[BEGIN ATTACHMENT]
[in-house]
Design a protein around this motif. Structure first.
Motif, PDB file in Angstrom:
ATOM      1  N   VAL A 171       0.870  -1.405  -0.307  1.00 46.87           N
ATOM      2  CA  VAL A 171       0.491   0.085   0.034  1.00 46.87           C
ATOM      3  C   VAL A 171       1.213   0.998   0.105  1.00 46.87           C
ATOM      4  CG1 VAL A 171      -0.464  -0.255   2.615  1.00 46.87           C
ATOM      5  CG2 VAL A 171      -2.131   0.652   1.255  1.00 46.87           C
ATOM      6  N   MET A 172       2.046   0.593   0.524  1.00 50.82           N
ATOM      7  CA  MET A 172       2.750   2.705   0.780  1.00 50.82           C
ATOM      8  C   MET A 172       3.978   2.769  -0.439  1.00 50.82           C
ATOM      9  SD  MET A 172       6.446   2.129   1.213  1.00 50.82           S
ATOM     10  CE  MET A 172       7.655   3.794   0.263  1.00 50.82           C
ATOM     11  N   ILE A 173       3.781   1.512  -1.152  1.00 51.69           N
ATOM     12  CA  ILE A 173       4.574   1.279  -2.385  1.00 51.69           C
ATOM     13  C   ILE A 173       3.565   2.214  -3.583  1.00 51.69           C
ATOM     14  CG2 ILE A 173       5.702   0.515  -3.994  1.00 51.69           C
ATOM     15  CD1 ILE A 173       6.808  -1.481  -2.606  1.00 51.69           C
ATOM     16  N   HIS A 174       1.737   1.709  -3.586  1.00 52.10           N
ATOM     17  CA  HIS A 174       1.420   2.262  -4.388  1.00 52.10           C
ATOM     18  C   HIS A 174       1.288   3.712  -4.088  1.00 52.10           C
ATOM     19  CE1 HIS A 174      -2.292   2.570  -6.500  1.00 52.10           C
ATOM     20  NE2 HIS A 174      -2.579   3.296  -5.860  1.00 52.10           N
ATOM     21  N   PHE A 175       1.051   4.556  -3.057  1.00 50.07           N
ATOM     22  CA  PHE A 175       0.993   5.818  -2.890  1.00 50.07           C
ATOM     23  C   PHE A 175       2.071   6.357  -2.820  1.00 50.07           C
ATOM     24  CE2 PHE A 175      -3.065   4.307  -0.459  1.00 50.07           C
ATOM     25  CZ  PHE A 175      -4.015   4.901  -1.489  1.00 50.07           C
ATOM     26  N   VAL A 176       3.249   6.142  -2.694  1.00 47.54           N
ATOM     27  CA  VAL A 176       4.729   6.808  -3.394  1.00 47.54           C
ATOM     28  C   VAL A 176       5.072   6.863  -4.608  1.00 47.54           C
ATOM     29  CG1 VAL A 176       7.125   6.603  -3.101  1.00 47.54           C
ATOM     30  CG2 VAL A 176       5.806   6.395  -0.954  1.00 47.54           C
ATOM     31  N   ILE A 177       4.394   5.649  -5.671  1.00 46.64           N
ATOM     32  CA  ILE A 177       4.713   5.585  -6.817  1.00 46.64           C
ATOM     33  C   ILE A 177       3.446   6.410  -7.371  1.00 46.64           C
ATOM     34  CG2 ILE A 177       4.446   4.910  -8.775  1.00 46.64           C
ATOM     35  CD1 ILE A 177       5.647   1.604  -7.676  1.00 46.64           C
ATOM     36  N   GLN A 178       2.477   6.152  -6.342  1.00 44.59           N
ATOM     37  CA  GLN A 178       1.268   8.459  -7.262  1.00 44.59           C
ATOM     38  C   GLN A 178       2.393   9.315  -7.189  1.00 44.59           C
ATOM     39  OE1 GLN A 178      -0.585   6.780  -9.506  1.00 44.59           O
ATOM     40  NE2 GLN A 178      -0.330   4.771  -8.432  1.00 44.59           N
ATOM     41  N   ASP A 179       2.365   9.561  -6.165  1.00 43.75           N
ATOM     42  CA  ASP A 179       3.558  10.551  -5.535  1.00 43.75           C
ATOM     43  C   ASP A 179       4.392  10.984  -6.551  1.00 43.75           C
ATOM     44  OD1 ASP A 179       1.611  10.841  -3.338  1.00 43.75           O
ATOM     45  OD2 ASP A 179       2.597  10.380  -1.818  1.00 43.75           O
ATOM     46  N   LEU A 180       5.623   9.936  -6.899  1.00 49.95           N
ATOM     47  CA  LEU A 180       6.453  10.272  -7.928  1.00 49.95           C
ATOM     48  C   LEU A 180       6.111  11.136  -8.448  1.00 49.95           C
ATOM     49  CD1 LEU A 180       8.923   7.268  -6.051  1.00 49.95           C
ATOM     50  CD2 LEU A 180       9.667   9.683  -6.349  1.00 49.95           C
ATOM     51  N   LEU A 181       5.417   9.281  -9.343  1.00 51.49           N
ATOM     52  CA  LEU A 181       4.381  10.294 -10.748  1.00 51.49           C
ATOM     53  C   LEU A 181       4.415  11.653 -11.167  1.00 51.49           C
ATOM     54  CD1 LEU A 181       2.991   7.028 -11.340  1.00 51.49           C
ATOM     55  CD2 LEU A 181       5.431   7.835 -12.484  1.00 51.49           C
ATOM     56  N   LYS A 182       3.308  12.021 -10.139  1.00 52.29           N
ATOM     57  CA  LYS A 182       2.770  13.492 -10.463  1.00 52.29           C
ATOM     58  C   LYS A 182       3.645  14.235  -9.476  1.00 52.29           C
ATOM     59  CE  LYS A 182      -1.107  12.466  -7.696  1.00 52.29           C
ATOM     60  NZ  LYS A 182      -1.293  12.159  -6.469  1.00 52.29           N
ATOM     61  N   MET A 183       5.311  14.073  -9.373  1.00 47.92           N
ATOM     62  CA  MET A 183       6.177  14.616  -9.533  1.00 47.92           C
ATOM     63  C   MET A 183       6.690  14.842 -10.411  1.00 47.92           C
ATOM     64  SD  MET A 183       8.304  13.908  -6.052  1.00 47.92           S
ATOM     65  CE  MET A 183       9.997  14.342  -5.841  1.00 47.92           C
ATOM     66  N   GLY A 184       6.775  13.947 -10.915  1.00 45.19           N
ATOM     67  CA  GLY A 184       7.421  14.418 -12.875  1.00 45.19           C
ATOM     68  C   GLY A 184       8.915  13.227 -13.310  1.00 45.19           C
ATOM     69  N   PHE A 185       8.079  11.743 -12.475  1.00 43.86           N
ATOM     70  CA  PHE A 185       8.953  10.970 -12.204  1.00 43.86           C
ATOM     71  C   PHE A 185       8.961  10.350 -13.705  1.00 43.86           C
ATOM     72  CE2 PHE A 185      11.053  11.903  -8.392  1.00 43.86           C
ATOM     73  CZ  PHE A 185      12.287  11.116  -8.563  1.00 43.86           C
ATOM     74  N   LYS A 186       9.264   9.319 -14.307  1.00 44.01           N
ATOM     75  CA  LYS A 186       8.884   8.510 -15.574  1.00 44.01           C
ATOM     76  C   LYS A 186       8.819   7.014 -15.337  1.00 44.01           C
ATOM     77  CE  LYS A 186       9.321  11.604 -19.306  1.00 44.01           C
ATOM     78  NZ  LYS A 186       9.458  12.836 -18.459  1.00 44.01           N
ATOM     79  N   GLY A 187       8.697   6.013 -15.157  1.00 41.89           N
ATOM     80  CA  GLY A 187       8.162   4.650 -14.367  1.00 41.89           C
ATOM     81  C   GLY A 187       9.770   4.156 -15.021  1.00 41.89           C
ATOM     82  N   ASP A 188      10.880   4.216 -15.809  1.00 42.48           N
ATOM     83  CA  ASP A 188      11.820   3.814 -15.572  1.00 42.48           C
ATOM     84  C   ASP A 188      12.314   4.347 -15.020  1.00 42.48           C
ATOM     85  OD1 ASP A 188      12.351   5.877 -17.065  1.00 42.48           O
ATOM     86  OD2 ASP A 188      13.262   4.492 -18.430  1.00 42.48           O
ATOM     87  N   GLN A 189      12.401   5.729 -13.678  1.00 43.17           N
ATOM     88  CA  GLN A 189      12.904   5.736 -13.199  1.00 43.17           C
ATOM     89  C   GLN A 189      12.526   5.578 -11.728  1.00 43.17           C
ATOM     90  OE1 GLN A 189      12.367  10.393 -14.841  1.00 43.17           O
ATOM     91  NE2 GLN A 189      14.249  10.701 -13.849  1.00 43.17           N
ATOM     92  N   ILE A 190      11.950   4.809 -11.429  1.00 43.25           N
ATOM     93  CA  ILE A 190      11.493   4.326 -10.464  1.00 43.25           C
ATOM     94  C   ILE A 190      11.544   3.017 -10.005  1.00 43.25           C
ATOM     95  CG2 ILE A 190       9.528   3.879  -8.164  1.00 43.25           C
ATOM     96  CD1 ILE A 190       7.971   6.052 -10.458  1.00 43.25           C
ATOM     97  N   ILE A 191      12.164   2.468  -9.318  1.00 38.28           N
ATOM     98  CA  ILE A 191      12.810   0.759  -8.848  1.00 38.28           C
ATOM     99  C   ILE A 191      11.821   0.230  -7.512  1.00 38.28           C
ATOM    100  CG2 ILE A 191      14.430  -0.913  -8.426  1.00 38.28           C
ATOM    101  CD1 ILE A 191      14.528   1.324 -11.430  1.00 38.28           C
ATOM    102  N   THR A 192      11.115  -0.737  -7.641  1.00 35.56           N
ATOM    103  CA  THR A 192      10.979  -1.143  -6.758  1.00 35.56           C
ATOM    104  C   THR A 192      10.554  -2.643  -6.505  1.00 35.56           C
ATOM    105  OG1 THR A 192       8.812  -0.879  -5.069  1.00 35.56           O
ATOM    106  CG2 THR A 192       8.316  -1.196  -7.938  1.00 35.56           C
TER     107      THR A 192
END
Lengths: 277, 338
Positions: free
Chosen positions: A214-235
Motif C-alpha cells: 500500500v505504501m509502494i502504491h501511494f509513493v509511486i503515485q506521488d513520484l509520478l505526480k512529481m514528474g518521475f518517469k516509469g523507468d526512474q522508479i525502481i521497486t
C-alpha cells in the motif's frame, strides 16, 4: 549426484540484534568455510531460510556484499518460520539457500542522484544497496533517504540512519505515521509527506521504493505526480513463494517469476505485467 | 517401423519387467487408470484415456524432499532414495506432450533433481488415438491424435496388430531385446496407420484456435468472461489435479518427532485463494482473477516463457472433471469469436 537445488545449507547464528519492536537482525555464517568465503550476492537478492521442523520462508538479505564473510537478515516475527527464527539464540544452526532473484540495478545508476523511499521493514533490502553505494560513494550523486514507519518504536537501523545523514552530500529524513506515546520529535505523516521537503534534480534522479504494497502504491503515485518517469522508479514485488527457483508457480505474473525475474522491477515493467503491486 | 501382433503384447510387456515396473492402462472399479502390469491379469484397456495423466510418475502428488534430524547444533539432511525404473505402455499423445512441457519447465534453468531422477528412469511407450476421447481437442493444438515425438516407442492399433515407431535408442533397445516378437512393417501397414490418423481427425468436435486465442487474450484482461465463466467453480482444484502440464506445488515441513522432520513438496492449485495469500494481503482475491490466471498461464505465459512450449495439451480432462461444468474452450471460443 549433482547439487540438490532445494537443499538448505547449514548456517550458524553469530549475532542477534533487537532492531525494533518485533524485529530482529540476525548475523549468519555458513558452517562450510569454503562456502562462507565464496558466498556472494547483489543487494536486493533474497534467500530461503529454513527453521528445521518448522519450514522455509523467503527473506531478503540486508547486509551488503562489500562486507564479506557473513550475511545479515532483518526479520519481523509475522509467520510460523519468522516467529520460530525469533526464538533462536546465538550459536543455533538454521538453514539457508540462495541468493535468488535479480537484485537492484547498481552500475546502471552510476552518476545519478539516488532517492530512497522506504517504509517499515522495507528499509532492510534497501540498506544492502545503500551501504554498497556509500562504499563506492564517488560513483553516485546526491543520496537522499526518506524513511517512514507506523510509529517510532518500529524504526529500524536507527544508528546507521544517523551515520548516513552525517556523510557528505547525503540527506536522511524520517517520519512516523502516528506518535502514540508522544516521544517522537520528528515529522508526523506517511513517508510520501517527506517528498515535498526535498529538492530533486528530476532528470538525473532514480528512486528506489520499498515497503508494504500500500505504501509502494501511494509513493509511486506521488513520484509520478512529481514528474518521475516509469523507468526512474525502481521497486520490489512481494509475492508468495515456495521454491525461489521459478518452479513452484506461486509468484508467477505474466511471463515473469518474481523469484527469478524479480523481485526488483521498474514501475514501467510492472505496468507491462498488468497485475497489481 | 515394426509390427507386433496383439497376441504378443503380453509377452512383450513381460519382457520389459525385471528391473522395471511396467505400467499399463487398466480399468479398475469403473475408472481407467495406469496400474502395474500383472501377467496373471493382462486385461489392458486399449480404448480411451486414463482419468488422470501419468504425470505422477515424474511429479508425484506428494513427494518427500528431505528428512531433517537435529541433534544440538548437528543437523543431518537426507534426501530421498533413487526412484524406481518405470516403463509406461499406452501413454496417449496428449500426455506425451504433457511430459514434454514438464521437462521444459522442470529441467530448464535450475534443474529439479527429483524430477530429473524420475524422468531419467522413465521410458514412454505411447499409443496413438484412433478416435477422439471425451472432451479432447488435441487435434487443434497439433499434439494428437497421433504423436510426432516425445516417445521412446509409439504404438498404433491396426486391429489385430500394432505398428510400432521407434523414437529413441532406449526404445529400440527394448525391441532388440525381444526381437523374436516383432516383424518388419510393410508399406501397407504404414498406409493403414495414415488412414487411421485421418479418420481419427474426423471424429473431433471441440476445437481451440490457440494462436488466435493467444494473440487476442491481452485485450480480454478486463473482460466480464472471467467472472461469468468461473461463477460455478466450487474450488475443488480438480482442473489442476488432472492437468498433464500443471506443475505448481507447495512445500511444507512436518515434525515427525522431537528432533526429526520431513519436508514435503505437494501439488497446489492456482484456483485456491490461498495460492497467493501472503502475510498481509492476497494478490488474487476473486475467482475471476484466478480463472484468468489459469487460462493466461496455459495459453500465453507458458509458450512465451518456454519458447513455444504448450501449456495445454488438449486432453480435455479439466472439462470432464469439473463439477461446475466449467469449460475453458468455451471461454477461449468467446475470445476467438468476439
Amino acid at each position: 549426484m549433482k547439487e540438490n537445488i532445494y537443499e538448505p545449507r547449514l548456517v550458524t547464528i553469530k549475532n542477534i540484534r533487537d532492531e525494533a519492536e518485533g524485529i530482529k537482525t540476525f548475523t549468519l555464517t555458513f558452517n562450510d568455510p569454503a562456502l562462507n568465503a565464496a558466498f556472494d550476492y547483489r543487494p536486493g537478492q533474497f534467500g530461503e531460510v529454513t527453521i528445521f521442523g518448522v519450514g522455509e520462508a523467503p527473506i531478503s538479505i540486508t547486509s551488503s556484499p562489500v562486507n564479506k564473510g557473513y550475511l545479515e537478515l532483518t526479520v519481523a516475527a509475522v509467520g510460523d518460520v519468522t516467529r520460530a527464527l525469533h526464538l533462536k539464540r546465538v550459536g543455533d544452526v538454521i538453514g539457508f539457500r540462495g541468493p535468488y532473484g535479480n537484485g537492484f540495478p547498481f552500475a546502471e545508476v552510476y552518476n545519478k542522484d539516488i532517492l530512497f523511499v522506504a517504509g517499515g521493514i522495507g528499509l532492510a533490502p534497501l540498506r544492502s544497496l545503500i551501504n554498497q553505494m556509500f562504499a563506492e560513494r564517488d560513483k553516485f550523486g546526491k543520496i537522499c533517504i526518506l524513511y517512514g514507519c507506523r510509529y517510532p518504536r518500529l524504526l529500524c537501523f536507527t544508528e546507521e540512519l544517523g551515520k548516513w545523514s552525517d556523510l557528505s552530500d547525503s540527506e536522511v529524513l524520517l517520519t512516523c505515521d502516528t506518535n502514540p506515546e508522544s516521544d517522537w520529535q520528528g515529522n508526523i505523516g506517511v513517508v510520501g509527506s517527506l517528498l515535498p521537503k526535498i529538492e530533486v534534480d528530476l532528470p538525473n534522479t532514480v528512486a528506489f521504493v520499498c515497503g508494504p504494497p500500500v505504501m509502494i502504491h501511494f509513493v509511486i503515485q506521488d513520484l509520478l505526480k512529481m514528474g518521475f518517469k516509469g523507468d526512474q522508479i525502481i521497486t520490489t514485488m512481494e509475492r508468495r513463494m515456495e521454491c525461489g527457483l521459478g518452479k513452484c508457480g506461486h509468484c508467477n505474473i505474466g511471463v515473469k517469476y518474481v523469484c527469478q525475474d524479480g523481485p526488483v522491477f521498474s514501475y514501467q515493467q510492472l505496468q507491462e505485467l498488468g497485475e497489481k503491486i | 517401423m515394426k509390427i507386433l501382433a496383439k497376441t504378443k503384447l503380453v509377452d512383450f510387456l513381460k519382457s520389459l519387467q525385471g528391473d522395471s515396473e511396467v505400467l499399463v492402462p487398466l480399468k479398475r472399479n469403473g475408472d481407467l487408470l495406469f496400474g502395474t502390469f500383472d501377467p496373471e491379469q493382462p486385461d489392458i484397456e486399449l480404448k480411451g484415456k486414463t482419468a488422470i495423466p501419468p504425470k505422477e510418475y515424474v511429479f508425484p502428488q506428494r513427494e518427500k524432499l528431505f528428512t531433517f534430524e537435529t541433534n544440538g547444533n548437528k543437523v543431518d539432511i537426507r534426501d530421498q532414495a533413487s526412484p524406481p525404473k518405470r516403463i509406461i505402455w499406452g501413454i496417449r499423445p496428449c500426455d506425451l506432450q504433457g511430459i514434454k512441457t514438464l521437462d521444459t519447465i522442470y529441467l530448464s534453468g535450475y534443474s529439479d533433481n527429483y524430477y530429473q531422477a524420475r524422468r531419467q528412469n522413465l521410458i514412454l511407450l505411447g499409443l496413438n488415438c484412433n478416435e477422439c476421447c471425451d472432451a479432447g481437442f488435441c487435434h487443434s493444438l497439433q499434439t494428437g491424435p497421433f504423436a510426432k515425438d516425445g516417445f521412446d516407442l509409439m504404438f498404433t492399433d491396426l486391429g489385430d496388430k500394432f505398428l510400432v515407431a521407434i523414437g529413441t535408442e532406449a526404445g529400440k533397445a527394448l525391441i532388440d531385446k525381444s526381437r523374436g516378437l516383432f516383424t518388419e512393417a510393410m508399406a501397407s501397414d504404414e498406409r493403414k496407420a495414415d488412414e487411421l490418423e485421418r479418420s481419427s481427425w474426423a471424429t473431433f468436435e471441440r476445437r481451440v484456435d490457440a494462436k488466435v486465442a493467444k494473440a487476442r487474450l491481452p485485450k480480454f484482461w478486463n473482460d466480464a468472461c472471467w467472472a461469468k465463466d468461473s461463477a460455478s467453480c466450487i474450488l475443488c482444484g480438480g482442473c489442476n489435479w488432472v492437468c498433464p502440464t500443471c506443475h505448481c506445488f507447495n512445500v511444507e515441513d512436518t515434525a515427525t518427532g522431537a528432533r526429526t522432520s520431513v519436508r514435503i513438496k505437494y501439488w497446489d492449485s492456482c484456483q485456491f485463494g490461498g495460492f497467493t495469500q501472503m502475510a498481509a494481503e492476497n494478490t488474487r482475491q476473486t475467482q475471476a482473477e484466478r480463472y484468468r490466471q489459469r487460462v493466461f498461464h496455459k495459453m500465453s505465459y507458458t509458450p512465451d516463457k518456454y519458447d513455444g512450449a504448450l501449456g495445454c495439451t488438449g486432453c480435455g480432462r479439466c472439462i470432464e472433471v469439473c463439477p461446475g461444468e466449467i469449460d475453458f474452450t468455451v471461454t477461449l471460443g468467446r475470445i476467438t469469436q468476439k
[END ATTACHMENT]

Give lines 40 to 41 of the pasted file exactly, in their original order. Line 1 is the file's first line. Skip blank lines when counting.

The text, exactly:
ATOM     37  CA  GLN A 178       1.268   8.459  -7.262  1.00 44.59           C
ATOM     38  C   GLN A 178       2.393   9.315  -7.189  1.00 44.59           C